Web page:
The Watch Sergeant started to rise. “Sir, I’m sorry to—”
Two shots and he crumpled to the floor.
The pistol was back on me before I could act.
“An unfortunate necessity,” the general said.
The floor lurched under my feet.
My knees buckled and I grabbed onto the gurney to stay upright. The air whirled with visible currents that tried to knock me down. It took a minute to get my bearings, for the floor to stop swaying.
“Who planted the bombs in the White House?”
He laughed. “Forgive me, but this amnesia of yours has created such a curious case of misunderstanding. It’s hard not to be entertained, wouldn’t you agree?”
“Scout, it’s simple. Obvious, even. You did. You planted the bombs. You designed the security and so knew better than anyone how to circumvent it.”
“So I’m your prized pupil?”
His expression saddened. “Unfortunately, you’re a failure in the end. We had Crypto and you’ve let him get away. Though what we gathered from Martinez will certainly help us to succeed where we previously could not. Still. You let him get away.”
“Sorry to disappoint you.” I wasn’t sorry and he got that.
The general frowned. “I’m afraid I have to make another tough decision. It appears your medical condition has put your loyalty in question. I can’t have that.”
His finger curled inside the trigger guard.
“I’m what I need to be to get the job done. Nothing more. Nothing less. Now, I’ve enjoyed our little chat. I think you deserved some explanation for what you’ve given up for me. And for what I’m about to take.” He raised the pistol higher, aiming it at my head. “Thank you for your service, soldier.”
A single gunshot.
Tendrils of smoke drifting higher in front of me.
General Curtis stood there, expressionless.
A dark hole in his cheek. A second that stretched out to forever before a trickle of blood raced down and spilled off his jaw.
He collapsed, pelvis hitting the floor, then teetered over and flopped onto his back. One leg under him and twisted at an awkward angle. A deep red pool of blood forming next to his head.
I glanced down, feeling the heat of the metal barrel on my hip. There was the pistol, positioned and fired by Martinez. The last curl of smoke lazily climbing higher.
“Thank you,” I said as I turned.
Started to turn.
A violent shudder and searing pain punched me in the chest.
A crushing pressure like being buried under a mountain.
I collapsed as my body went numb.
Only the agonizing pressure remained.
And then it went away too.
A city of endless ruin.
Stretching to the horizon in all directions. Devastation draped over the surface like a camouflage net. A drab gray filter that sucked the life out of everything within view. No movement to be seen. No breeze to ruffle leaves. No trees to have leaves.
No living thing anywhere.
And the silence.
The impossible, unbearable silence.
An insufferable wave of solitude.
“Daddy!” a voice called out.
With every fiber and tendon and muscle in my being, I knew it to be true. The certainty of it permeated my skin and settled into my organs, saturating my heart.
My daughter was out there.
Alive and warm despite the chill.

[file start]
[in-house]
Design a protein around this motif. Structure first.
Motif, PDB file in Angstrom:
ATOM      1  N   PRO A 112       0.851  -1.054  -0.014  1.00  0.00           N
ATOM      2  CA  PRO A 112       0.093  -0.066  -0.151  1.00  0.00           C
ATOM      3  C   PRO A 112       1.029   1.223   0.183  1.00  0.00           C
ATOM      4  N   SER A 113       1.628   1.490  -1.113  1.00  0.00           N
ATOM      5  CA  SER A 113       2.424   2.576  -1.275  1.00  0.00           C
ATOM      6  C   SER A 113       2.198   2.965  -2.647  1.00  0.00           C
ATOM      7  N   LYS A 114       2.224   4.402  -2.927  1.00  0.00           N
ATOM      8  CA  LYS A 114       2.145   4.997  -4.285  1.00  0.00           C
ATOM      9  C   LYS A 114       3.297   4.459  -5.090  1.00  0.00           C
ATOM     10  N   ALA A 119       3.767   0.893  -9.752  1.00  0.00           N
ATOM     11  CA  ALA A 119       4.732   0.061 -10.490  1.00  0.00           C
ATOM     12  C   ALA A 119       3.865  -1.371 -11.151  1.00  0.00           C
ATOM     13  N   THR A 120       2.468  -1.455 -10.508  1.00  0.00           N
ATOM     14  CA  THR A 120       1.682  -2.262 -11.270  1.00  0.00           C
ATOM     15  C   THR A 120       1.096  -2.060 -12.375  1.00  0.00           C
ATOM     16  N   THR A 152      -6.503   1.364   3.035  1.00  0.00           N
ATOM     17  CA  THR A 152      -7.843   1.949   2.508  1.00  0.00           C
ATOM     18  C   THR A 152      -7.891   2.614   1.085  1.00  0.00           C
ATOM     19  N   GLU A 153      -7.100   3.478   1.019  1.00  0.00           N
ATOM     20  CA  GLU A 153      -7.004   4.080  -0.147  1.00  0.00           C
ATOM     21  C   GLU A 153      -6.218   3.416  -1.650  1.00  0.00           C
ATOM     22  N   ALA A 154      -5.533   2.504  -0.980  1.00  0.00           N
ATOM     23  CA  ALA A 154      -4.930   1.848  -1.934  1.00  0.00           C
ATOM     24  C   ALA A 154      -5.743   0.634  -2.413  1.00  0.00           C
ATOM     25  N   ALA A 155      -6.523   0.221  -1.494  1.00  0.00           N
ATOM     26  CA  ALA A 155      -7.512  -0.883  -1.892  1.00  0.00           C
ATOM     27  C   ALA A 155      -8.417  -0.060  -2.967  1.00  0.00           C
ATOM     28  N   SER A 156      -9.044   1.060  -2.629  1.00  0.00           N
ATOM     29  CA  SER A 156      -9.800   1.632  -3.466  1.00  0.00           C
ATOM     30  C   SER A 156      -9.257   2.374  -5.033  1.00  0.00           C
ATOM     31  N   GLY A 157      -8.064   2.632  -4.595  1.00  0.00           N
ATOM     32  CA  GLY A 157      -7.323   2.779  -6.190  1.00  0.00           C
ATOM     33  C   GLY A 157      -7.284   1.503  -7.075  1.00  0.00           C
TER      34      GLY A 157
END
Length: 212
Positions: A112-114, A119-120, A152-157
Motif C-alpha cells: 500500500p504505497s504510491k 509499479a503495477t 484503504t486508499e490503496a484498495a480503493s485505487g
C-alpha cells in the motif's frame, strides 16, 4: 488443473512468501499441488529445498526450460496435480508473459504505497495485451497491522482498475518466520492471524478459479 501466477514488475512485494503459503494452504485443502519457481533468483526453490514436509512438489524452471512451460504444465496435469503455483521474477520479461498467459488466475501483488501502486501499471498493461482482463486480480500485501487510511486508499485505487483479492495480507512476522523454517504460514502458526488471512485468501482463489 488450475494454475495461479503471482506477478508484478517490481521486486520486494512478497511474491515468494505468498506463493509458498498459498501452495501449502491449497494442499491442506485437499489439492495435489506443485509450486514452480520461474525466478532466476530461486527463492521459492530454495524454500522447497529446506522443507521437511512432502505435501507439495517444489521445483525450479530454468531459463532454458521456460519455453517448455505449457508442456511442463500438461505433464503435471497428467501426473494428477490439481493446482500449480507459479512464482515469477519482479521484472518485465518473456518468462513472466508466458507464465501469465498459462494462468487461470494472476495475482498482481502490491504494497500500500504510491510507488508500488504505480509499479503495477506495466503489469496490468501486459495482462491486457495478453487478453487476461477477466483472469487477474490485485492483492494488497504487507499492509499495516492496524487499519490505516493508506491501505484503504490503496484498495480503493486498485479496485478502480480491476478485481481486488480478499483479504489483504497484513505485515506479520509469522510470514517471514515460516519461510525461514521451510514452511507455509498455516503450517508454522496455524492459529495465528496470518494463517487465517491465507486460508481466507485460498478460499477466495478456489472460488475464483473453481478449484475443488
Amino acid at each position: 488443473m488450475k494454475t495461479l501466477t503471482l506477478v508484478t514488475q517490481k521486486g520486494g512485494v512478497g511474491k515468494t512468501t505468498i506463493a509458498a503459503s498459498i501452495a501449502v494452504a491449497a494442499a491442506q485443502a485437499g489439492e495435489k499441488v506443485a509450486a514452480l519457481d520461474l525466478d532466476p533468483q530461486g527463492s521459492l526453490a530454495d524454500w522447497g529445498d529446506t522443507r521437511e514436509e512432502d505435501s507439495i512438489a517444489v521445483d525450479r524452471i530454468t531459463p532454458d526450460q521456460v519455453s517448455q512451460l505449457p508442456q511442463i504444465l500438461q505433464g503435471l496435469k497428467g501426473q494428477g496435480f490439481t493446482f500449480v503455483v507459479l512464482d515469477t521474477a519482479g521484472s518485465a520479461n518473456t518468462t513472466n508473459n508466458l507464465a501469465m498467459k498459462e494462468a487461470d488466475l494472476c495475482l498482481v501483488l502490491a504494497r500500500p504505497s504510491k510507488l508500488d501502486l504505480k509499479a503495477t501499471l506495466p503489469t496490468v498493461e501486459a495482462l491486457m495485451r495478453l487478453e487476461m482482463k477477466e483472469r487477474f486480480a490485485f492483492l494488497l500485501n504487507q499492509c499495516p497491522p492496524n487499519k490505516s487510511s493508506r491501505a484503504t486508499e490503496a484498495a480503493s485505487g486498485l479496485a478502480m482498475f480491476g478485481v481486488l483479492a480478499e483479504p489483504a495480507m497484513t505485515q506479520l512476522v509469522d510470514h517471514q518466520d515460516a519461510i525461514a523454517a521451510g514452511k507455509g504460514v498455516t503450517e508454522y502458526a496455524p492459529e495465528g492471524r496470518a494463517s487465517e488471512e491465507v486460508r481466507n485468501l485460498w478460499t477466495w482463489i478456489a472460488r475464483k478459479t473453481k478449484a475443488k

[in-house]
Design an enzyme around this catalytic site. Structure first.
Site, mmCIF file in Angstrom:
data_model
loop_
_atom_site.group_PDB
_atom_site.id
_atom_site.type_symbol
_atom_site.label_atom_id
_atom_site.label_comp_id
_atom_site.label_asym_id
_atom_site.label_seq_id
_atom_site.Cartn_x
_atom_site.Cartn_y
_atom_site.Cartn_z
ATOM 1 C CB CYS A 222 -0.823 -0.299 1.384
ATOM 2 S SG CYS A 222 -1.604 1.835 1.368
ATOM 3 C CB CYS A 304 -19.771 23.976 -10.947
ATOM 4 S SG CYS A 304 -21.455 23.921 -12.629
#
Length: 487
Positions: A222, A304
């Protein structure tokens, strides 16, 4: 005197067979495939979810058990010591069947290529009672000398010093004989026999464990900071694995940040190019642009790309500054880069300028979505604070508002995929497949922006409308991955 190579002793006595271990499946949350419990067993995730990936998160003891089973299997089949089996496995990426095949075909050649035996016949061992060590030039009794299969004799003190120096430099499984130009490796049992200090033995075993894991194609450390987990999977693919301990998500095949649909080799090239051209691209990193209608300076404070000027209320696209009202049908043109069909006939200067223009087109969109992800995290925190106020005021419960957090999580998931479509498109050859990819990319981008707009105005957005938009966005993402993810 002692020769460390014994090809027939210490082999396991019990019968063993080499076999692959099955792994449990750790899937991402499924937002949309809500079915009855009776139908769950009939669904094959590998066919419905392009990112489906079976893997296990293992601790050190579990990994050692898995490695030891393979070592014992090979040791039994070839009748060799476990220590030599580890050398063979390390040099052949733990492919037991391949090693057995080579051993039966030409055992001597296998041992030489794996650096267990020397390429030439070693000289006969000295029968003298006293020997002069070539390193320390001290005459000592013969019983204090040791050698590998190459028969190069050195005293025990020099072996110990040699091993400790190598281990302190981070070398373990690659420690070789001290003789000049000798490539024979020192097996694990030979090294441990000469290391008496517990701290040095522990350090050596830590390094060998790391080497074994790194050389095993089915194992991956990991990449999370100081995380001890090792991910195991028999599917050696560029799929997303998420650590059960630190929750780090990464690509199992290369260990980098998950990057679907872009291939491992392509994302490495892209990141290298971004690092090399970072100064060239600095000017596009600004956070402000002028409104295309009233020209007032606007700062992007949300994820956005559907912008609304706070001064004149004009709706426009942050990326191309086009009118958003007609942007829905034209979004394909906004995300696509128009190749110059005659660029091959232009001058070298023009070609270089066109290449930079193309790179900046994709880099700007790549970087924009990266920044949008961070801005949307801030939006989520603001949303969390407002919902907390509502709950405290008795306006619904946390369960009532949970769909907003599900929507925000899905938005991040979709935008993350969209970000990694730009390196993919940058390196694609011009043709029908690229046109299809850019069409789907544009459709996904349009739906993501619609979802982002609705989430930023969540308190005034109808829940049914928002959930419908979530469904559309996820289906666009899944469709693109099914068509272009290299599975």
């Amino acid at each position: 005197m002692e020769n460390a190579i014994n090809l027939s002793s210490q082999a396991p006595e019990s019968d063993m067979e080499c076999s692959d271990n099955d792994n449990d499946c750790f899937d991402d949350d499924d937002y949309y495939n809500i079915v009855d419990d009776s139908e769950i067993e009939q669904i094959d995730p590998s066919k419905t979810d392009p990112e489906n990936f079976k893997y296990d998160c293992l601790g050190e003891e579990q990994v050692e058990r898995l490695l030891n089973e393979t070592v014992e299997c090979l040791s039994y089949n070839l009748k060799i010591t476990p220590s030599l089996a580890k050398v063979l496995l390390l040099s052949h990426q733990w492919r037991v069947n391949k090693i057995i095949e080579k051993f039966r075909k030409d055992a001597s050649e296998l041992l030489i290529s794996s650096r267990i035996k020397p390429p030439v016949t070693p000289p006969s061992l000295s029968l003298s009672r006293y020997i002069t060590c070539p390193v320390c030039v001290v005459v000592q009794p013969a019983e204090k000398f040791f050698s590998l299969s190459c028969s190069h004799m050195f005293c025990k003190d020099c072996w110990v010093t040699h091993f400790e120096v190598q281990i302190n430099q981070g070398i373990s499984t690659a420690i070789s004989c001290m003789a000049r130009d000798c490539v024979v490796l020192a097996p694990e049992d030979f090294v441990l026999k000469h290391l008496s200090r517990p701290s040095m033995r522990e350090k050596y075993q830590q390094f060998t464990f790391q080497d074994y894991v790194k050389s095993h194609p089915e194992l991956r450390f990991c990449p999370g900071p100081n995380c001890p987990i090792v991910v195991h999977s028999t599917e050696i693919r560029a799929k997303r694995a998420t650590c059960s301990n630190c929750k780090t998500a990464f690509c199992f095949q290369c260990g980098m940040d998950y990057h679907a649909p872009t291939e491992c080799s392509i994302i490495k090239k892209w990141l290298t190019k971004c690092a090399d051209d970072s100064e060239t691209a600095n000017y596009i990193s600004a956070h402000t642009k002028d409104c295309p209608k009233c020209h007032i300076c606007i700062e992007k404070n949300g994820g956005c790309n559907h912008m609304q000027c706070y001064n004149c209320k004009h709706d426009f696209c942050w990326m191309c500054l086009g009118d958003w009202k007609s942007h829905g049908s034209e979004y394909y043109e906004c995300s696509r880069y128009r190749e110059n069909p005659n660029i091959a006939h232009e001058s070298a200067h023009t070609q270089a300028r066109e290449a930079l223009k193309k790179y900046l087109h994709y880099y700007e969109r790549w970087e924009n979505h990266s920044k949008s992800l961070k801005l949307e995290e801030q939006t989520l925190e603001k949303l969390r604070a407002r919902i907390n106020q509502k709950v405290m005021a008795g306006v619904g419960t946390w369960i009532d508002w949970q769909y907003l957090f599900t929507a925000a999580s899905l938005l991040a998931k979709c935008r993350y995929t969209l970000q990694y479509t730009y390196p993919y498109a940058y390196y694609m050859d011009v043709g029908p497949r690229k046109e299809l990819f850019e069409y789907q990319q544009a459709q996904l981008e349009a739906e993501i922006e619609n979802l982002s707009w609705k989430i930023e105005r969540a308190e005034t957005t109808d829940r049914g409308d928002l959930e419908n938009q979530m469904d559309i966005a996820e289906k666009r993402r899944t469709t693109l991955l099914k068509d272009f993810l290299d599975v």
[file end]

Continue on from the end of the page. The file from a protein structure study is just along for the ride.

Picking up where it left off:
She needed me. Needed help.
And I had not returned.
All hope fading
Dark things lurked
With flashing razor beaks
Smothering inconstant warmth with flapping wings
Their number overwhelming
They swallowed the light
And the unbearable cold returned.
I didn’t dream after that.
There was nothing but the inchoate darkness.
Until it began to fade.
And the truth with it.
My eyelids parted and the hospital room blurred into view. Blinking clarity eventually resolved into Dr. Tanaka standing above me, his mouth pecking out words but making no sound.
Was I alive?
Had to be.
Surely no god would doom a soul to this eternity. To be trapped for the rest of time. Clipped wings and broken hollowed out bones. It was hard to imagine a greater horror.
His mouth stopped moving and he stared with concern.
A keening buzzing noise. So loud I winced as it took roost inside my head.
I realized it had been there all along, but I only now noticed it.
Tanaka spoke again and this time the words filtered through the buzzing.
“Can you hear me?”
I nodded and the minute gesture caused a terrible pinch in my chest. My hand moved, almost of its own accord. It stopped on the thin fabric of a hospital gown.
The tips of stiff, scratching thread poked through the thin cloth.
My finger traced a line of crisscrossed stitches up the middle of my chest. A puckered wound sewn together.
The buzzing died away as the doctor continued. “We had to open your chest to get to your heart. You had a massive heart attack. It caused an aortic rupture. You were dying when we found you. During the surgery, you flat-lined for a few minutes and then came back. You’re very lucky to be alive.”
I wasn’t sure if lucky quite described it, but I nodded anyway and thanked him for saving me a second time.
He pushed the glasses up the bridge of his nose while staring at the chart in his hands. “I know I’m just a doctor and you will end up doing whatever you want, but I highly recommend that you take it easy for a while. Your body needs rest.”
A distant sense of urgency stirred in my chest. Like the ripples on the surface of water indicating something had been there just a moment ago. But it had ducked below, leaving only the fading clues.